As Americans look at the savings gap, they recognize the need for change. More than half (51%) of people said they need to “significantly” cut back on spending in order to increase savings rates for retirement. An even larger majority—61% of middle-class Americans in their 50s—agreed with this thought.

Another survey question illustrates this issue perfectly. When asked to consider the past 12 months, middle-class Americans told us that they had spent the most time planning a home remodel, with planning a vacation coming in second. Third on the list: planning for retirement.

All is not lost, however.

  • People are saving for retirement, with 48% agreeing that the 401(k) plan is the “best retirement savings vehicle.” Others noted were the IRA with 23% and a savings account with 12%.
  • In a 401(k) plan, 34% of middle-class Americans contribute between 3% and 5% of income while 32% contribute at a rate of between 6% and 10% of income. Twenty-four percent are saving more than 10% of their income in the employer-sponsored plan.
  • More companies are matching 401(k) funds this year—77%—up from 66% in 2011.

Long-term solution: shared responsibility

As people picture their retirement and their needs, the landscape doesn’t look viable.

Plans to work until age 80—cited by a growing number of people—seem shaky at best in the current market. At a time when job creation is unsteady and slow in most sectors, we don’t believe working this long is a realistic solution for most Americans.
Then, consider what numbers are given when envisioning drawing down retirement savings. People predicted that, on an annual percentage basis, the mean withdrawal would be 10%. Many experts say that to guard against outliving money, people should plan on 3% or 4% withdrawal rates annually.

These results deliver sobering news to the American middle class and to the nation. They underline the need for a far-reaching conversation about retirement. Some have written off any hope of retirement, with plans to work into old age; others have based savings plans on a guess as to how much they will need.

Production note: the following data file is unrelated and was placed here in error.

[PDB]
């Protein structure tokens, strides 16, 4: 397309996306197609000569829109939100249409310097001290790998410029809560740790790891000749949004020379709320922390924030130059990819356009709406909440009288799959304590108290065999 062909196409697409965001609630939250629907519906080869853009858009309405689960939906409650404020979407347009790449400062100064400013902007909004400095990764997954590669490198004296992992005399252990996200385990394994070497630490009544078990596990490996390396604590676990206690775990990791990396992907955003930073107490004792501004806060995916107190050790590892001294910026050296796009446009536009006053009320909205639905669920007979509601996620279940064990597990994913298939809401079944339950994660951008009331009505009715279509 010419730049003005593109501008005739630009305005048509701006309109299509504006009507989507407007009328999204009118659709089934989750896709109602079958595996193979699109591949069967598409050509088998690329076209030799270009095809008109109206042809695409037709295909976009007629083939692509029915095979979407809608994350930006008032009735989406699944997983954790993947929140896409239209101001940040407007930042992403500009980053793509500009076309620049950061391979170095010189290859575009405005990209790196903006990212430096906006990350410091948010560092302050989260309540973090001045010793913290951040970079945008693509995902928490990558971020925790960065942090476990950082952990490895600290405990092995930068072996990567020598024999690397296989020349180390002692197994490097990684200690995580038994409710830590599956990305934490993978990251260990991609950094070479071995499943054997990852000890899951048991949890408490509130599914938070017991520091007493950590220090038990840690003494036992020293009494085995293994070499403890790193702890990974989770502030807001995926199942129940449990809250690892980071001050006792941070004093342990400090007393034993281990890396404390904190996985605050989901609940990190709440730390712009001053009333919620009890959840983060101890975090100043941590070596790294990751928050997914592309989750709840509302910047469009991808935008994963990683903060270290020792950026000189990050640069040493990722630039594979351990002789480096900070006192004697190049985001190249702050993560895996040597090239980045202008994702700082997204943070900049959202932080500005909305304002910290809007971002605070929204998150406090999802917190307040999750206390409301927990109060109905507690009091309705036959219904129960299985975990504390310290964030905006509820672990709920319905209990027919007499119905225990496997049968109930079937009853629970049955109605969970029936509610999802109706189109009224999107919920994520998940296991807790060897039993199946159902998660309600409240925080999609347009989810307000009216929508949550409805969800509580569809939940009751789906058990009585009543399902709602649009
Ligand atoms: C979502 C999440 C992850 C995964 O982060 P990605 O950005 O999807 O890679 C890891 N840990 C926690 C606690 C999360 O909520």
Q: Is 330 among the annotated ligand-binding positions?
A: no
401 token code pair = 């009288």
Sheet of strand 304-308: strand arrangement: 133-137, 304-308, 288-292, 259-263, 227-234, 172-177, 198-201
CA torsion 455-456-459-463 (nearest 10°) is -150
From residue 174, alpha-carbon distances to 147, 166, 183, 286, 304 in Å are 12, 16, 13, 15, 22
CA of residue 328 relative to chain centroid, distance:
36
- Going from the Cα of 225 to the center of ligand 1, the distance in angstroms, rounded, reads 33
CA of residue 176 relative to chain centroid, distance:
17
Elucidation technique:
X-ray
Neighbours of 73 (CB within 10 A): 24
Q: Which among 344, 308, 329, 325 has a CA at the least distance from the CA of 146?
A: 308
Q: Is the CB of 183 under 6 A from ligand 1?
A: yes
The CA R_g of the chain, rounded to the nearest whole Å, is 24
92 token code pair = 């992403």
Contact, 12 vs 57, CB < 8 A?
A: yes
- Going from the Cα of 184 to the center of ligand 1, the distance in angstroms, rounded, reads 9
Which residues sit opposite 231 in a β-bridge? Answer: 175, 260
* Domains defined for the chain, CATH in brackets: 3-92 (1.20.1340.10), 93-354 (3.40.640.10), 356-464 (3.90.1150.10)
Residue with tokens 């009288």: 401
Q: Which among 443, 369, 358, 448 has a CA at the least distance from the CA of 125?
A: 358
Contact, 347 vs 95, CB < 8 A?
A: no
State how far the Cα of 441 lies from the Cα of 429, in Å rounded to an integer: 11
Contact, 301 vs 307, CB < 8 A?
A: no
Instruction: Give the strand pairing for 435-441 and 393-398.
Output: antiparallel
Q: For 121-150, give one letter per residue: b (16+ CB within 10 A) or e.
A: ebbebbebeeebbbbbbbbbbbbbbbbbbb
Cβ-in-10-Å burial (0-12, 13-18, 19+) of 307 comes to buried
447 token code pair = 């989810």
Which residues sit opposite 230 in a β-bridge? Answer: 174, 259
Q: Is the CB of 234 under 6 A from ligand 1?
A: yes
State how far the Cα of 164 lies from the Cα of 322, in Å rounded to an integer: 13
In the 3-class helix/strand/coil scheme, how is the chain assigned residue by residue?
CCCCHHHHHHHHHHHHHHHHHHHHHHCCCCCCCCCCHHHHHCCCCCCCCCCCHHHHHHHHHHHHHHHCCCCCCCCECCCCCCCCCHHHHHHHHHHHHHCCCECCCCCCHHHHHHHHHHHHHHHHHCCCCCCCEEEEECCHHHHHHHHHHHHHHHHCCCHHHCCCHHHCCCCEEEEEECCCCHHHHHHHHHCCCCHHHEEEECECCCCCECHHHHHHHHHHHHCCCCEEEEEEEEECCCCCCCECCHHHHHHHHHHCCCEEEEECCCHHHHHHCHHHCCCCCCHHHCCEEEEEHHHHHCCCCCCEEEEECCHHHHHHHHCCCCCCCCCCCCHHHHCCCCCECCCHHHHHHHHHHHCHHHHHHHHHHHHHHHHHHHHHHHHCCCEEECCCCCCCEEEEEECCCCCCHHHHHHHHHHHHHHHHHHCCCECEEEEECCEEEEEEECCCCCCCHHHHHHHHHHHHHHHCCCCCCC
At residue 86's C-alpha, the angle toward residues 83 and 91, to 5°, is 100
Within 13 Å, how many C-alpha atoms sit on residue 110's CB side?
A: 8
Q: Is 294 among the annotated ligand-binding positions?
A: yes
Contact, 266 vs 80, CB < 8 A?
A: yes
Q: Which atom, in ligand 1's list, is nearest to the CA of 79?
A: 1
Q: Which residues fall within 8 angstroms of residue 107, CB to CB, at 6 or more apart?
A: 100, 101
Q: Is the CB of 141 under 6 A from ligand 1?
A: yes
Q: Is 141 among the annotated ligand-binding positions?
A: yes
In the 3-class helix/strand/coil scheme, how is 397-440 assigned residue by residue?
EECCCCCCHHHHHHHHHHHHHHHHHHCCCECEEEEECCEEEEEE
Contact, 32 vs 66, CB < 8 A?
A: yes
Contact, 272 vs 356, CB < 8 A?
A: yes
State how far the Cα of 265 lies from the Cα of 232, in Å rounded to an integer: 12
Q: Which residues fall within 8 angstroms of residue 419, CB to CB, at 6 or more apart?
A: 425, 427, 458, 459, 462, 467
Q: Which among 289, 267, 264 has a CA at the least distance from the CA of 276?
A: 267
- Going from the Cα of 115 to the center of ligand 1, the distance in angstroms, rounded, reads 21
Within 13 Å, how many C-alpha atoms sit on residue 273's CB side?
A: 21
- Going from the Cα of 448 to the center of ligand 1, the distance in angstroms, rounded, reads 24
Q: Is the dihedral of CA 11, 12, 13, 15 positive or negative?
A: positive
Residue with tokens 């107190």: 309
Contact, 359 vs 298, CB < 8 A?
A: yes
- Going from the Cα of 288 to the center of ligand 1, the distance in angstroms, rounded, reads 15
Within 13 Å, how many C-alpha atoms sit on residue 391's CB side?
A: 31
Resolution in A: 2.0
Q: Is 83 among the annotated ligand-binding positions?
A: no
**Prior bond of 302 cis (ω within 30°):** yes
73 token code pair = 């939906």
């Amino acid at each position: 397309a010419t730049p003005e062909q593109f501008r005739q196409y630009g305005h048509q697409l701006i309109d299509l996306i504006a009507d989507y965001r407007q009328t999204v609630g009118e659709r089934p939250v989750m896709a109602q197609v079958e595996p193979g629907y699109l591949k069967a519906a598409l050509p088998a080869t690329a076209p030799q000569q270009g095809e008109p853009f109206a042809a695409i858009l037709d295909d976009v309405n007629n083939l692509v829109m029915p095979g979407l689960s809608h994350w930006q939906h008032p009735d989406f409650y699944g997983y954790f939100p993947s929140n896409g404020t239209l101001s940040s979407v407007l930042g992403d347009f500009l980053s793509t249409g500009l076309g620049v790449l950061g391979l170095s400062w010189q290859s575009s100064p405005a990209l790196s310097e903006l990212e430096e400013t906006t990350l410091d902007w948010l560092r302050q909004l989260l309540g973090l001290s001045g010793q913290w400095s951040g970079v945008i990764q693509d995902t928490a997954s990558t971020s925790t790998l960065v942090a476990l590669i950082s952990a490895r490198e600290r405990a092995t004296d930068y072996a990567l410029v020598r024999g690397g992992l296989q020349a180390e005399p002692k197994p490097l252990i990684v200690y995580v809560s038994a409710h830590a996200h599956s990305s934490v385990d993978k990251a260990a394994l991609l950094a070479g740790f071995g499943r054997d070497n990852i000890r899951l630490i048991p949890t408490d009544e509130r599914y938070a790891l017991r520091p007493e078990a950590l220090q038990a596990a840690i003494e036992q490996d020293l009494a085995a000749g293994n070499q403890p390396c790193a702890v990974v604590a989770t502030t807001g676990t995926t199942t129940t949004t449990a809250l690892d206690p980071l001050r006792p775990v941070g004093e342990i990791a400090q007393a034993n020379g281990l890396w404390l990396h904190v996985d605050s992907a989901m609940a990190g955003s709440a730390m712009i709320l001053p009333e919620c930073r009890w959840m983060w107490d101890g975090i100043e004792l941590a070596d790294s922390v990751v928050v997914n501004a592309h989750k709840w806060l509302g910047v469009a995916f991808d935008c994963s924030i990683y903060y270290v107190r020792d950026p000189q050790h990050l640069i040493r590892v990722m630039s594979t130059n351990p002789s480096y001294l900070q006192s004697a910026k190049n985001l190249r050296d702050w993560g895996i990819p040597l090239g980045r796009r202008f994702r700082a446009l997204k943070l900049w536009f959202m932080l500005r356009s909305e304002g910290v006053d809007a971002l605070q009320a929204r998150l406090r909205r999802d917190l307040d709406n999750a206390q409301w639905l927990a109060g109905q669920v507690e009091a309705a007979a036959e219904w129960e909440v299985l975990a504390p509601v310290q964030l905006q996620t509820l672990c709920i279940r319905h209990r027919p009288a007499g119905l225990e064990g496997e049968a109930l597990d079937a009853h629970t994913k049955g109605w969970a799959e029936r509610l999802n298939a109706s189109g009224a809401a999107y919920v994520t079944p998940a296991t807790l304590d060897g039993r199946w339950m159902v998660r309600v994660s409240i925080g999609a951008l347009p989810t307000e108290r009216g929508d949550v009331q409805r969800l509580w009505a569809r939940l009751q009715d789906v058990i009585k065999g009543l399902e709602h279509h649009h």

Individuals are extremely challenged preparing for retirement on their own. Employers cannot be expected to fill this entire large retirement savings gap given growing pressures of other benefits costs and challenges to their companies’ economic sustainability. The U.S. government, also, can’t be expected to solely support the millions of Americans joining the retired ranks at record rates with life expectancies well into their 80’s.
One potential long-range solution to this retirement dilemma is shared responsibility. As a nation, we need a balanced partnership between the government, employers and employees to help shore up the current retirement system—to change regulations, tax policy and plan design with the goal of increasing participation and savings rates to much higher sustainable levels. Failure to act now could result in millions of middle-class Americans living near poverty in their retirement years.
This article was written by Wells Fargo and provided courtesy of (legal name of financial advisor as disclosed to FINRA). (Name of financial advisor) is a financial advisor with Wells Fargo Advisors, based in (city, state). He/She can be reached at (phone number.)

Wells Fargo Institutional Retirement and Trust is a business unit of Wells Fargo Bank, N.A., a bank affiliate of Wells Fargo & Company. This information is for educational purposes only and does not constitute investment, financial, tax, or legal advice. Please contact an investment, financial, tax, or legal advisor regarding your specific situation.

Wells Fargo Advisors is the trade name used by two separate registered broker-dealers and non-bank affiliates of Wells Fargo & Company: Wells Fargo Advisors, LLC and Wells Fargo Advisors Financial Network, LLC (members SIPC). Investment products and services are offered through Wells Fargo Advisors, LLC.